2021-03-08: Women's power for future technologies
An important building block for gender equality: International Women's Day has been celebrated worldwide since March 8, 1921. This regularly sends a signal that not only men have rights and a place in politics, business, science or the arts. Although the mathematician Emmy Noether or the physicist Lise Meitner, along with many other female scientists, had already proven that women could deliver on groundbreaking research and thus advance humanity, 100 years ago education and above all studying were not a matter of course for women all over the world. Emmy Noether was denied a habilitation by the state in Prussia. Marie Curie had to leave her country of origine Poland in the 1880s to be able to research radioactivity in France; she excelled in her field of science and was the first woman and the first scientist ever to be awarded the Nobel Prize in two disciplines: physics in 1903 and chemistry in 1911. Even after the Second World War, female researchers struggled for their position, especially if they were interested in technology, mathematics, physics or computer science. Even despite the fact that over time, they had helped break Nazi Germany's initial defense-technology superiority during the war. The decryption of the Enigma cipher machine can also be traced back to the ground-breaking work of mathematician and cryptanalyst Joan Clarke.
For a long time, women and technology seemed to be in a complicated relationship. Just think about Katherine Johnson, a mathematician of color who calculated the trajectories for the Apollo missions and initially could not even take a quick bathroom break. The film "Hidden Figures" tells of her predicament as a woman of color working in a domain of (white) men. Despite this resistance, women have made their mark in science and technology and left many traces, also and especially in computer science: They developed new technologies or invented programming languages. The British aristocrat Ada Lovelace programmed one of the first computers, the Analytical Engine by Charles Babbage. Grace Hopper revolutionized the field of programming languages and found the first compute bug. Margaret Hamilton's software also enabled the Apollo mission to be controlled.
International Women's Day may have been only a small component, but it allows us to regularly remind ourselves of the skills and achievements of women. Memories are one part to build the foundation for the women’s and emancipations movement. Women can do everything and they contribute in all social and scientific fields - as scientists, as inventors, as managers. They do this even though they still encounter resistance. That's precisely why we celebrate here the achievements of women, who are enriching and advancing high-performance computing, supercomputing, artificial intelligence, and, more recently, quantum computing:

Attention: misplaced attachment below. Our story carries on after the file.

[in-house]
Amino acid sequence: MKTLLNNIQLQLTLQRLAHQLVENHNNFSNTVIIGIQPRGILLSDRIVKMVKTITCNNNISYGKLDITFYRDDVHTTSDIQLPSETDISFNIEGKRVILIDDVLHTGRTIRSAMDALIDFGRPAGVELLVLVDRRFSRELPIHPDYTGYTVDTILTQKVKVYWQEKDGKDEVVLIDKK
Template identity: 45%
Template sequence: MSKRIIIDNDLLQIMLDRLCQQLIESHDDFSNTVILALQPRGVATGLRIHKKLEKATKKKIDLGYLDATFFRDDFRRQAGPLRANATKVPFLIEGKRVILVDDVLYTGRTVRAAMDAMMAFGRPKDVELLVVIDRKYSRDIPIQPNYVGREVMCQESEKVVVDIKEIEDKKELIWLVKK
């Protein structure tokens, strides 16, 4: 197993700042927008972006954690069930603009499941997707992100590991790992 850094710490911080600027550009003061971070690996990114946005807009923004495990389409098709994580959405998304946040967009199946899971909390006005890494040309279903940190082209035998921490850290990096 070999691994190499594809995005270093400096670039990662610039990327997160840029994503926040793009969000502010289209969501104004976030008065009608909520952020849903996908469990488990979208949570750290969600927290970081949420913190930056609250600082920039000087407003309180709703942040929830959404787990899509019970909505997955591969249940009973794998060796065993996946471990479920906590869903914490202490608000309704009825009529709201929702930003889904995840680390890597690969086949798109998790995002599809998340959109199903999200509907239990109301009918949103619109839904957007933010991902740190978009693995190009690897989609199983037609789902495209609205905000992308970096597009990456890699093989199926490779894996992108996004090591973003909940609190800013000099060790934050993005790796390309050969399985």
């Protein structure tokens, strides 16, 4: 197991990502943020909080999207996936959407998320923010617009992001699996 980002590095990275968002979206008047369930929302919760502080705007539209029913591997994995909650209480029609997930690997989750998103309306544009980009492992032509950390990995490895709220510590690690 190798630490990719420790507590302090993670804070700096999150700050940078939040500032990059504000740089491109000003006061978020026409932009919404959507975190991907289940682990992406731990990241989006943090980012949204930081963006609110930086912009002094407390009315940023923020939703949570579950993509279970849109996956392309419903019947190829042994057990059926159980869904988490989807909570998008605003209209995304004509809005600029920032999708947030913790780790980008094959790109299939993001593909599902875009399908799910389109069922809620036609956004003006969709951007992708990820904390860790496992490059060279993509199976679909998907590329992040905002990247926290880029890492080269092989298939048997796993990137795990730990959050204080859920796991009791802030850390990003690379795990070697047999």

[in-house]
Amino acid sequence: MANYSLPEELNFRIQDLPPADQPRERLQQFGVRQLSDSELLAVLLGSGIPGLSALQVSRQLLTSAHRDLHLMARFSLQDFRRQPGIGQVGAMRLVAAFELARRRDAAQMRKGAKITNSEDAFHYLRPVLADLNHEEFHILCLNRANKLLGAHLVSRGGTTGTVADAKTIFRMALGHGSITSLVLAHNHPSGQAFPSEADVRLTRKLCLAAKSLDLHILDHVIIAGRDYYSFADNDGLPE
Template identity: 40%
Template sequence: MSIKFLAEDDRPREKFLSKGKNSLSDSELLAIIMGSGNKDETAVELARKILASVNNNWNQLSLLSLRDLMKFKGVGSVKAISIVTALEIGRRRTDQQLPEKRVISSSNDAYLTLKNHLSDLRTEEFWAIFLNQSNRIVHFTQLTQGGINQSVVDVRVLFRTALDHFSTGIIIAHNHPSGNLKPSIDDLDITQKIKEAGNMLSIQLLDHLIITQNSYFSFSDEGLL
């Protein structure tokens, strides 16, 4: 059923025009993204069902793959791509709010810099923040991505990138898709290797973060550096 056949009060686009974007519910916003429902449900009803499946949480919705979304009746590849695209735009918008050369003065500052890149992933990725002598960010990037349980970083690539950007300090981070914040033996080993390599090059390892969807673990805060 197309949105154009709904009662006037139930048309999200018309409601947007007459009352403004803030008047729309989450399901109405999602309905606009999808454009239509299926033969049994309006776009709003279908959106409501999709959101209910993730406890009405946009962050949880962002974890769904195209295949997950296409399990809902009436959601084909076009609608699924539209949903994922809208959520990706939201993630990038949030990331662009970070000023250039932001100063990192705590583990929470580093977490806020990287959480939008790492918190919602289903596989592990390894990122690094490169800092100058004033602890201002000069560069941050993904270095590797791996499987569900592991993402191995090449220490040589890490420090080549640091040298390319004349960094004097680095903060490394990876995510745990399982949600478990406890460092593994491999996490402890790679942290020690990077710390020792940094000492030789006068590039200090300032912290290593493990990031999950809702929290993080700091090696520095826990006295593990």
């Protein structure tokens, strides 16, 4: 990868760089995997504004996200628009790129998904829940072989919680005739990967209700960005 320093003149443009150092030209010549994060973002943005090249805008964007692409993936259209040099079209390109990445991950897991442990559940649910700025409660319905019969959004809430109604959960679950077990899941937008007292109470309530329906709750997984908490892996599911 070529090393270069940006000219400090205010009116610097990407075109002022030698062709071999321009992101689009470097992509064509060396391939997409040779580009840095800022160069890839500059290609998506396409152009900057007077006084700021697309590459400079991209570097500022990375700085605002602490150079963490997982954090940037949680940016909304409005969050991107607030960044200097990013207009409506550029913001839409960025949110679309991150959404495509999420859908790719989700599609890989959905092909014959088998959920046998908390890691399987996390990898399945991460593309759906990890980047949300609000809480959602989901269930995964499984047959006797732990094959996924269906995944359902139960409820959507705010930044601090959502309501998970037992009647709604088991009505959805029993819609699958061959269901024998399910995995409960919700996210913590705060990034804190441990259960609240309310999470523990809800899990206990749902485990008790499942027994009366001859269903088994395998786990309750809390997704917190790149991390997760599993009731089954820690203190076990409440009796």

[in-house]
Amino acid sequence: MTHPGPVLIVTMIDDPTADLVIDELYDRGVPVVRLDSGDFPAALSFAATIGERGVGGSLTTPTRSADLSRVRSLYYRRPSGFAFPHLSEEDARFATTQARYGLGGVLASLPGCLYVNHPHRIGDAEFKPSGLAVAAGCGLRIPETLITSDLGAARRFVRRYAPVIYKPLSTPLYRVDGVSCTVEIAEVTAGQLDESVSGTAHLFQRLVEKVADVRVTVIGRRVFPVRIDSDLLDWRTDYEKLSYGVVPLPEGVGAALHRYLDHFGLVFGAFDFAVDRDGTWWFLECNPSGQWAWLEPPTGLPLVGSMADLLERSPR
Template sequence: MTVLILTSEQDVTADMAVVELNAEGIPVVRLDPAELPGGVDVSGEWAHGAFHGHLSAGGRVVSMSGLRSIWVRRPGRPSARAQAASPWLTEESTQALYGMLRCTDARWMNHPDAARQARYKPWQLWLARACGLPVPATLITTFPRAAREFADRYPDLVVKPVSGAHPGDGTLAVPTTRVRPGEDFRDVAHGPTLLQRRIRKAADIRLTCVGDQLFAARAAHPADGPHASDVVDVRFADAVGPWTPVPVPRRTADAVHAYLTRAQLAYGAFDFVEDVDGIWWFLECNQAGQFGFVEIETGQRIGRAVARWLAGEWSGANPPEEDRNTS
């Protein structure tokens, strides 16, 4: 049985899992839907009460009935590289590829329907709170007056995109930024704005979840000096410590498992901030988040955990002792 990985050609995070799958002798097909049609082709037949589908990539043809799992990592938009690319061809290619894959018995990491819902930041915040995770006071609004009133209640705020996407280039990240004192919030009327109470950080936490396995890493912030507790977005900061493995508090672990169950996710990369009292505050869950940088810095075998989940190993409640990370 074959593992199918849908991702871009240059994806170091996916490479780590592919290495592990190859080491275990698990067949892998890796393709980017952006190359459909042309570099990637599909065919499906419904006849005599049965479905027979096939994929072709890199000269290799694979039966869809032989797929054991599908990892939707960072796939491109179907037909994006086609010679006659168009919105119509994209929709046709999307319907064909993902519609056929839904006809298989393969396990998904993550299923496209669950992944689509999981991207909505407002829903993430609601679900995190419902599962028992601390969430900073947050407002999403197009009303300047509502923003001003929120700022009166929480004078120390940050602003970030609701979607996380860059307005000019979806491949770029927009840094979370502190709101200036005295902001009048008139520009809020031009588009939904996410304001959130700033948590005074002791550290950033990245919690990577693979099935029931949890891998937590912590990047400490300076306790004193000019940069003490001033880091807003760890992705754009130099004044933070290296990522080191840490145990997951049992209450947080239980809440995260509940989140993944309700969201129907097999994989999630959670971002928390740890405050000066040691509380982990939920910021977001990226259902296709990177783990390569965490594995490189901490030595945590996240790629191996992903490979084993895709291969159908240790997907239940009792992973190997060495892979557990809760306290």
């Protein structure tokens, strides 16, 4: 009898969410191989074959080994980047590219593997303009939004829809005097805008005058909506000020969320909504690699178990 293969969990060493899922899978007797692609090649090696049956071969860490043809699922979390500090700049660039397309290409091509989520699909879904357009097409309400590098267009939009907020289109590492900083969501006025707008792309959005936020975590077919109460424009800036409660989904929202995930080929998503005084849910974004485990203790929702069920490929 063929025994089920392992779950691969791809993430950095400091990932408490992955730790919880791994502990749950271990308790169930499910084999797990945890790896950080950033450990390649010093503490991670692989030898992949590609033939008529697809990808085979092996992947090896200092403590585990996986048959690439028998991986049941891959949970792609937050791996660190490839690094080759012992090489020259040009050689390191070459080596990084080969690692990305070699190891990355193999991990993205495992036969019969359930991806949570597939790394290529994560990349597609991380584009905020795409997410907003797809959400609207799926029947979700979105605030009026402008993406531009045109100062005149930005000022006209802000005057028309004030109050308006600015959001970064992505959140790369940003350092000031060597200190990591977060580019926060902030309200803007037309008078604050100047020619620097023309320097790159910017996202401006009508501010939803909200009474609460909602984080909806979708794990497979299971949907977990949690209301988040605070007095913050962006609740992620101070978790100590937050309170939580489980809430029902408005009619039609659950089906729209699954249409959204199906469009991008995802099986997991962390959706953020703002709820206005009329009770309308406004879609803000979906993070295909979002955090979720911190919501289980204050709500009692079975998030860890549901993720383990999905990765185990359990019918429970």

Laura Schulz develops the strategies and partner programs for the Leibniz Supercomputing Centre and heads the new Bavarian AI agency.
Dr. Tanja Hanauer has researched the visualization of IT programs and technology at the LRZ and shows which graphics increase security and facilitate control.
Daniëlle Schumann adapts conventional algorithms to quantum computing and researches future technology.
Bengisu Elis is working on the new BEAST testbed of LRZ, looking at ways to make supercomputers more efficient, more powerful, faster.
Sophia Grundner-Culemann is working on cryptology, thus ensuring greater security on computers and in the digital world, and would like to see more education among users.
Sabine Osorio and her team organize a friendly, diverse and inspiring working environment for the female IT specialists and scientists at the LRZ.
Prof. Dr. Alice Gabriel develops algorithms for supercomputing that can be used to decode earthquakes, tsunamis and other seismological phenomena for better disaster protection. For her work she won 2020 the Ada Lovelace Price from the Partnership for Advanced Computing in Europe (PRACE).
Prof. Xiaoxiang Zhu develops algorithms and smart systems for evaluating geographic and satellite data from ESA, DLR and New Space companies. She studied aerospace in China, did research for her master's degree and then for her habilitation in Munich and also won the Ada Lovelace Prize from PRACE